Senate Majority Leader Mitch McConnell will try to remind Democrats this week which party actually controls the chamber.
McConnell wants to move a fast-track trade bill and needs the help of Democrats to do it, including some who want to advance a larger package of trade bills than many Republicans will support. And Senate Minority Leader Harry Reid, a free-trade opponent, is pushing instead for the Senate to take up two issues—infrastructure funding and intelligence gathering—with end-of-the-month deadlines.
McConnell set up a procedural vote for Tuesday on trade promotion authority, which would grant the Obama administration greater leverage in its trade negotiations by limiting Congress to an up or down vote without amendments. The bill would help Obama strike a trade deal known as the Trans-Pacific Partnership, strengthening the economic and strategic ties of 12 countries controlling 40 percent of the world economy.
But before that legacy-defining deal is possible, McConnell, Senate Finance Committee Chairman Orrin Hatch, and Oregon Democratic Sen. Ron Wyden must first figure out how to package a deal laden with landmines.
Some Democrats—including those who, like Reid, oppose the trade deal—have called for four trade bills to be considered at the same time in the same package. Besides TPA, the other bills include trade adjustment assistance [TAA], which helps those who lose their job as a result of expanded trade, a customs enforcement bill, and a bill designed to strengthen trade agreements with developing countries.
On Thursday, the Senate Democratic caucus cheered Wyden during lunch after he urged Democrats to not support proceeding onto the bill unless Republicans agree to do all four bills first, according to an aide. California Democratic Sen. Dianne Feinstein, a potential yes vote who talked trade last week at the White House with Obama and five other senators—Wyden, Tim Kaine of Virginia, Patty Murray of Washington, Jeanne Shaheen of New Hampshire, and Chris Coons of Delaware—announced the four-bill package demand as her condition to vote aye Tuesday. It's now an open question whether McConnell can get enough votes to even get on the bill.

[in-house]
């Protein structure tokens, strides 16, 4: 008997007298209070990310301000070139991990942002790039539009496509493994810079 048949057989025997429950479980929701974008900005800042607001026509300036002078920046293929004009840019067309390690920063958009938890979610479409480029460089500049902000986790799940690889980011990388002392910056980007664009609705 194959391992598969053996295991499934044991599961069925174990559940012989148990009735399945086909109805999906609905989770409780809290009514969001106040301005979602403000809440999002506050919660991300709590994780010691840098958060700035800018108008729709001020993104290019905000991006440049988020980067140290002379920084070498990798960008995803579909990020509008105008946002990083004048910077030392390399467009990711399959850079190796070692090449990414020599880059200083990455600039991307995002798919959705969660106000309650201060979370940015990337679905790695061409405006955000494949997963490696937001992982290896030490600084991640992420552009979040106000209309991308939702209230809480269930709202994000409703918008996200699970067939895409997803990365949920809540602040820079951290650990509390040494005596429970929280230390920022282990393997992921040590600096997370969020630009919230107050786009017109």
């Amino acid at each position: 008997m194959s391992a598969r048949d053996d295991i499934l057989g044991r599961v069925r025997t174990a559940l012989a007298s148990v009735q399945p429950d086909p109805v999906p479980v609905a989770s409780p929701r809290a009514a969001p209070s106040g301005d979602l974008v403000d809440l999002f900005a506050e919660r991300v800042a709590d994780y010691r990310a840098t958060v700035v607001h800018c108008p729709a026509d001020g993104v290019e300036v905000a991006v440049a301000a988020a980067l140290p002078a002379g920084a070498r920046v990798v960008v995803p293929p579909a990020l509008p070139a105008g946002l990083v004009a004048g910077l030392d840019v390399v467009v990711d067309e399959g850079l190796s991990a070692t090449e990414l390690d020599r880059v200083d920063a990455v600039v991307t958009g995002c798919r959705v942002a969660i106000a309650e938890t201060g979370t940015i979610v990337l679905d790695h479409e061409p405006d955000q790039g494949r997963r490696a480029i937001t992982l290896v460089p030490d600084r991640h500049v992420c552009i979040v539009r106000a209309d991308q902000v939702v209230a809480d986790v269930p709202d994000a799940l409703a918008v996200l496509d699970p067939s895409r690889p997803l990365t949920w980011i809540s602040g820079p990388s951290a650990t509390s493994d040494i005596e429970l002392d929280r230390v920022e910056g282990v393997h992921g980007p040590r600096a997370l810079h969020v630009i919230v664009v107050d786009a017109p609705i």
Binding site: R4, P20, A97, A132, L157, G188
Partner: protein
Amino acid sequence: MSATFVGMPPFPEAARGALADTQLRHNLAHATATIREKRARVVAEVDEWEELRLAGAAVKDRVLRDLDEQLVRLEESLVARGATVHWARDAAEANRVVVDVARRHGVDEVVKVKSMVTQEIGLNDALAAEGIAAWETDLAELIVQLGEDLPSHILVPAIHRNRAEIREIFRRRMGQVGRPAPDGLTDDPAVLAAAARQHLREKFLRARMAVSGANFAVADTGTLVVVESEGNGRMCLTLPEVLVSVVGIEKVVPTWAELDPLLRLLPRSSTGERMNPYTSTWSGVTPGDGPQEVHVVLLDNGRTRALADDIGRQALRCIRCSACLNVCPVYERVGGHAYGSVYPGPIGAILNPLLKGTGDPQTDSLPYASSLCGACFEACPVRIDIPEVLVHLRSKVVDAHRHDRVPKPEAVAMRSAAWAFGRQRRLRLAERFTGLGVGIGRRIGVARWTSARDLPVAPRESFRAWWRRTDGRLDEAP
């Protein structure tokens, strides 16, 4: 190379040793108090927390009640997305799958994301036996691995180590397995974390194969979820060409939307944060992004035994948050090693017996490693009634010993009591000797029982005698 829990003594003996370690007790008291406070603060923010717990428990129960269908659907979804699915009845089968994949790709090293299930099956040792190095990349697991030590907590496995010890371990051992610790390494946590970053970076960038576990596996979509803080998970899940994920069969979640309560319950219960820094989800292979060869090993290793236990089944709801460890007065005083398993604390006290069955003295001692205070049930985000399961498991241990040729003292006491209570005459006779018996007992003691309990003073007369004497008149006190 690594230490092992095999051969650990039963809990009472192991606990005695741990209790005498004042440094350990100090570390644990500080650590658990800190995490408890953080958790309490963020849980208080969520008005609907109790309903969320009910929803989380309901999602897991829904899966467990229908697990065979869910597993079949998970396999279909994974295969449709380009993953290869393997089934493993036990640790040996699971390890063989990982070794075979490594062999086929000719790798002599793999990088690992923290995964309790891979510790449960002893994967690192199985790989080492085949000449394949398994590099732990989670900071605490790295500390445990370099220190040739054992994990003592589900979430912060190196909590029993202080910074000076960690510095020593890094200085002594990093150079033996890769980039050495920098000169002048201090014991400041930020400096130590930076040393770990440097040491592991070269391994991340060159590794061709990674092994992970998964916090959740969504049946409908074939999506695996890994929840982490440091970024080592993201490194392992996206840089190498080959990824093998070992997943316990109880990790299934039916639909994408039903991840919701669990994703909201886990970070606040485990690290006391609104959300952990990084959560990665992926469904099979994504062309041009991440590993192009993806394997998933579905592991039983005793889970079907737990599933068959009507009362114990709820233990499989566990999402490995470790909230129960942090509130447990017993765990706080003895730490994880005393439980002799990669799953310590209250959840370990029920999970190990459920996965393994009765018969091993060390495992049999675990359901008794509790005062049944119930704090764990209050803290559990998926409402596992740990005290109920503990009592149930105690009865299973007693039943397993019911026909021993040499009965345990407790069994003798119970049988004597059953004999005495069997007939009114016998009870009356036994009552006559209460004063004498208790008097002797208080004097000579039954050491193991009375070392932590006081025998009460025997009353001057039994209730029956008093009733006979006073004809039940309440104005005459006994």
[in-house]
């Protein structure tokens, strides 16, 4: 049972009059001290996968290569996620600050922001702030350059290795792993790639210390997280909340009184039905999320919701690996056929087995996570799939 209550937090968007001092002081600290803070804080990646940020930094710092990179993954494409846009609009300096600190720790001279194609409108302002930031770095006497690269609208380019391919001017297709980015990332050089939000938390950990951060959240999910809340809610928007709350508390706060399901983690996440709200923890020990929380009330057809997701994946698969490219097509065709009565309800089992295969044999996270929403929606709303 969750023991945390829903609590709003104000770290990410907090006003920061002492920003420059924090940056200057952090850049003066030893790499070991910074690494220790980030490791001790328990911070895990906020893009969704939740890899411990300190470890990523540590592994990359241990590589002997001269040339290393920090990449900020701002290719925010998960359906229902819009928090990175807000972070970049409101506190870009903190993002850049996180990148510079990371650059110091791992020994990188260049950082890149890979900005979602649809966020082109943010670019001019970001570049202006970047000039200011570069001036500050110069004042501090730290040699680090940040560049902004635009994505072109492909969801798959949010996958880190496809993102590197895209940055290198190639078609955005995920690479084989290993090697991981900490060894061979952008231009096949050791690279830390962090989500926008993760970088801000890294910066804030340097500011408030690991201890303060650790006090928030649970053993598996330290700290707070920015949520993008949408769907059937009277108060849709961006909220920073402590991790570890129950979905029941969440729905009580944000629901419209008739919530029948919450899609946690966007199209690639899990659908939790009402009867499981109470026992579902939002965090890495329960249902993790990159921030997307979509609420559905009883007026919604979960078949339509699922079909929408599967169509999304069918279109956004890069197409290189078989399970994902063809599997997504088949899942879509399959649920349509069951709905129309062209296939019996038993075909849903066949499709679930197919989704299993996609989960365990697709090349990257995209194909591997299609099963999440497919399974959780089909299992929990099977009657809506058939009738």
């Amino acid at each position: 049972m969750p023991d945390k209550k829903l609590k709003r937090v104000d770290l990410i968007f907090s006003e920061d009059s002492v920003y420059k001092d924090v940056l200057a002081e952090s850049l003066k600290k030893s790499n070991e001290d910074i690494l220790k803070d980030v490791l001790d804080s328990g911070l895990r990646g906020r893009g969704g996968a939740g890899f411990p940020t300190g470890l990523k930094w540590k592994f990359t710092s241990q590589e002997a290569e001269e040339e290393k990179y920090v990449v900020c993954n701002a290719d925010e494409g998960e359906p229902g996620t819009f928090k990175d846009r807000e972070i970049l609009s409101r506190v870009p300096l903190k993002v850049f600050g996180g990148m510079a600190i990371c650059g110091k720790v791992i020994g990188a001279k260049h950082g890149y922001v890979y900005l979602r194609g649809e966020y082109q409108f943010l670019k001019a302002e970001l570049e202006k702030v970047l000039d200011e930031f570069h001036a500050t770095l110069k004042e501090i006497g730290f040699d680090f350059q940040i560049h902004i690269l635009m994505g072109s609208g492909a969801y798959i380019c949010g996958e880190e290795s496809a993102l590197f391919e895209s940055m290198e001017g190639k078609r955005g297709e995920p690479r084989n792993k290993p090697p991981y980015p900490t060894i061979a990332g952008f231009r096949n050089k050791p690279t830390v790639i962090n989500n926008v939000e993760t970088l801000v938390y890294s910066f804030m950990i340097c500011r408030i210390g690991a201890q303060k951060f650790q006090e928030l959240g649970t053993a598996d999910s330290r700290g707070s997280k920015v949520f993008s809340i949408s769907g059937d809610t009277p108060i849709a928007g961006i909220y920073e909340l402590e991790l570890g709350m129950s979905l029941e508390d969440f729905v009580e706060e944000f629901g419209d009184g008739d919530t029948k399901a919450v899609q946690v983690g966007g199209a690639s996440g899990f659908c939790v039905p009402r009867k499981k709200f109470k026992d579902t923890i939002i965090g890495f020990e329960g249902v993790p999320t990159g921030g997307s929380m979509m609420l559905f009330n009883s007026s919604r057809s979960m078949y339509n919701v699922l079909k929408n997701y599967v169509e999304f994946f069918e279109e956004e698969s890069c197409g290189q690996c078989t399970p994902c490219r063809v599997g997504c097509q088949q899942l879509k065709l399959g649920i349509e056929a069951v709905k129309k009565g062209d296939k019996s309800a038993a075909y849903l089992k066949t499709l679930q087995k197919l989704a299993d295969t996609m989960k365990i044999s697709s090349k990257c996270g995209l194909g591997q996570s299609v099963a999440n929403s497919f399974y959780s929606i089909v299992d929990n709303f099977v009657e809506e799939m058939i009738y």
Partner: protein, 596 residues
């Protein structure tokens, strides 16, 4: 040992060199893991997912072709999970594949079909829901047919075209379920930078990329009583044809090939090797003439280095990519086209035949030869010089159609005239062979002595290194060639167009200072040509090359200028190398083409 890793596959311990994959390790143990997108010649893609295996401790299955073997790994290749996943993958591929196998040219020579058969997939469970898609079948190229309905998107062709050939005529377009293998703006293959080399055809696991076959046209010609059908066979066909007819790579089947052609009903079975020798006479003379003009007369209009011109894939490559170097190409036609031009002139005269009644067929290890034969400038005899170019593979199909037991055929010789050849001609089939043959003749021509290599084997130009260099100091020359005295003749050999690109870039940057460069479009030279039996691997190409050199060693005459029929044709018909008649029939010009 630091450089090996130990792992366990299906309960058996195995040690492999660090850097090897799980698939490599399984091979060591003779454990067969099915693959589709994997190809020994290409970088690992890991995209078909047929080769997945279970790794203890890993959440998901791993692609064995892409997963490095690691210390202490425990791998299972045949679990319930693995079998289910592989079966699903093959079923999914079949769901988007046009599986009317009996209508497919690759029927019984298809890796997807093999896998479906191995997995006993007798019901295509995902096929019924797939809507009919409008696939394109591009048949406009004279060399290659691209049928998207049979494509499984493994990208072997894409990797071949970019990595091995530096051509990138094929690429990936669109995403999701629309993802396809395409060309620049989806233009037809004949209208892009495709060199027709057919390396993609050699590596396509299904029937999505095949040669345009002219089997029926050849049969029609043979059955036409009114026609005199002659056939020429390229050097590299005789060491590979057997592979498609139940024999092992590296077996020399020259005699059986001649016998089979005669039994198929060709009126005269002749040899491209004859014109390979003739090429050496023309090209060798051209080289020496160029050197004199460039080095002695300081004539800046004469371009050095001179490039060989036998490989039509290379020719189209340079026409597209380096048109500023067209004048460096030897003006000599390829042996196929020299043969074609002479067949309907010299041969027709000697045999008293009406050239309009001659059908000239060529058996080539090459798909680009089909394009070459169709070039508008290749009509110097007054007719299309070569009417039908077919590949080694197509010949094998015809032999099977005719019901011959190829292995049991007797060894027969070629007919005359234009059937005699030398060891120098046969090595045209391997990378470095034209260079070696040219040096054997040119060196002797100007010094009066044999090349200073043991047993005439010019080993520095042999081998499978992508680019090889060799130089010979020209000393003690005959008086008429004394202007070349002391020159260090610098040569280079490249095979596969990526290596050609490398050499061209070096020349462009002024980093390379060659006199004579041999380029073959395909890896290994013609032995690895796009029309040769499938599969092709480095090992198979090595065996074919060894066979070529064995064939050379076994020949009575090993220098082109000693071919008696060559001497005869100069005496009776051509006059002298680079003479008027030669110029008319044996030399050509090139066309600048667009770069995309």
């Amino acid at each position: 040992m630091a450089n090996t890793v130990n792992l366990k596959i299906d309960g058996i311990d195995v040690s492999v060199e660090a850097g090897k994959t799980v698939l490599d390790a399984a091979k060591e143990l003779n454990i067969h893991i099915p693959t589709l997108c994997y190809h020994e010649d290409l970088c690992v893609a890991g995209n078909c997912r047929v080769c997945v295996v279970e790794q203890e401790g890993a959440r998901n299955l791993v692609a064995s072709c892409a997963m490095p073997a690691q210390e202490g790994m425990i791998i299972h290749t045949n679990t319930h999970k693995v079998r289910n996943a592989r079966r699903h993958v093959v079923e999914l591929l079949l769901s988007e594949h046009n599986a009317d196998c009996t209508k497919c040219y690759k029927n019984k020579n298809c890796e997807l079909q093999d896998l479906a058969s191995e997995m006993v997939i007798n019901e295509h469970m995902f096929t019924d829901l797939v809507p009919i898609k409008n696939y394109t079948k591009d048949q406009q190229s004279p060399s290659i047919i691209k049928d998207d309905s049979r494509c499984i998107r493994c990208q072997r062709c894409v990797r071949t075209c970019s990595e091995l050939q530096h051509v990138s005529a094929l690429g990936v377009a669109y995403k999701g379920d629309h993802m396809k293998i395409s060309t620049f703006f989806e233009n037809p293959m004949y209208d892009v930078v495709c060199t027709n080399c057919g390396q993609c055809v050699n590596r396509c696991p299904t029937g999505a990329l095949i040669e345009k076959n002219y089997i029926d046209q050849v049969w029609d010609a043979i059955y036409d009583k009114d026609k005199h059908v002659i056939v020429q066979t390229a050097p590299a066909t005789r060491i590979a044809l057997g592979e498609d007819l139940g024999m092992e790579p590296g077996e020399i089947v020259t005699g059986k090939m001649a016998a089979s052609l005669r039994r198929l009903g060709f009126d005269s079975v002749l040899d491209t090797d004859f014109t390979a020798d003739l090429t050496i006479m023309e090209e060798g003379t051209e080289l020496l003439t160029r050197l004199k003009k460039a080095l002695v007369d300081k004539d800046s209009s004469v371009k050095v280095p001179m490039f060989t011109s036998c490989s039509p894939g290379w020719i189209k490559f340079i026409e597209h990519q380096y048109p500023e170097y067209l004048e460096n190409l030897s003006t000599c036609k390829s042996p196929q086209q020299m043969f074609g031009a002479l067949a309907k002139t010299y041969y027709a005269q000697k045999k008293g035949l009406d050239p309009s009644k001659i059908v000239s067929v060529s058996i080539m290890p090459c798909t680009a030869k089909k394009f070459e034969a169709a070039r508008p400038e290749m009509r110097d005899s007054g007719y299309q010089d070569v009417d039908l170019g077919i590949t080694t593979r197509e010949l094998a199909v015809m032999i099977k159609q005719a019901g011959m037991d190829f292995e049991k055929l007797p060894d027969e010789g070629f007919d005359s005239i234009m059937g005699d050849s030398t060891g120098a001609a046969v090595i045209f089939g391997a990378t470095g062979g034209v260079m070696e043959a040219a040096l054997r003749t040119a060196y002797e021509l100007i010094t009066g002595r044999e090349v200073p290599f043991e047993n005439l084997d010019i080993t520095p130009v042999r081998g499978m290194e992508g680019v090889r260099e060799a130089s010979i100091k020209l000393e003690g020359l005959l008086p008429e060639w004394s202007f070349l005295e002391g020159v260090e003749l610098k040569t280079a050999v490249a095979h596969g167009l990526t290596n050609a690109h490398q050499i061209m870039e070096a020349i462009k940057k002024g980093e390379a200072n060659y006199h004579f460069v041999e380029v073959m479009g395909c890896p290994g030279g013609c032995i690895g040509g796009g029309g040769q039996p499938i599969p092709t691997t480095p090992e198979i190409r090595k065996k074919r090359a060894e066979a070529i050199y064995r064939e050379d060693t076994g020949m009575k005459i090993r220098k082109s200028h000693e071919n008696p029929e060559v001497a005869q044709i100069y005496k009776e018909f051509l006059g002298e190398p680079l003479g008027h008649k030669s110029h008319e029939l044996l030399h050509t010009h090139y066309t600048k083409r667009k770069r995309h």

"I think that's going to depend on whether Republicans agree to put all four trade bills together or not," said a Senate Democratic leadership aide. "Many members of our caucus, including those who support TPA, absolutely want to see China currency and TAA pass as part of this process. If Republicans aren't willing to do that, they're going to find it difficult to get the ball rolling."
Republicans have cried foul, arguing that the Senate Finance Committee agreed to move TPA and TAA in tandem and that they would work together to ensure the bills would all eventually move. The other two bills—particularly the customs enforcement including a controversial currency manipulation provision—could threaten Republican support of the overall package.
"Our understanding was TPA and TAA only," said a Senate Republican aide. "Then this week Reid says he will block until we do highways and the Patriot Act. Then he backs off that. Now he says he will block [it] unless we do all four."
While McConnell could instead move onto those other bills with time-sensitive deadlines, there's a concern that the longer the process drags out, the better chance that potential yes votes will drop out. Some Democrats believe that it's harder to argue Congress is holding the Administration accountable if it passes TPA and TPP back-to-back.
"Part of the challenge with how close the TPA and the TPP votes are is that we are not having a TPA vote and then a year from now negotiating TPP," Coons said. "They will be quite close together."
"I'm concerned that the goal of TPA is to send instructions to the administration to say here's what we expect you to negotiate," Coons added, "but we know they're most of the way done with the negotiations."
This article is from the archive of our partner National Journal.
Alex Rogers covers Congress as a staff correspondent for National Journal. He previously worked as a political reporter at TIME. He is a native of Bethesda, Maryland and a graduate of Vanderbilt University.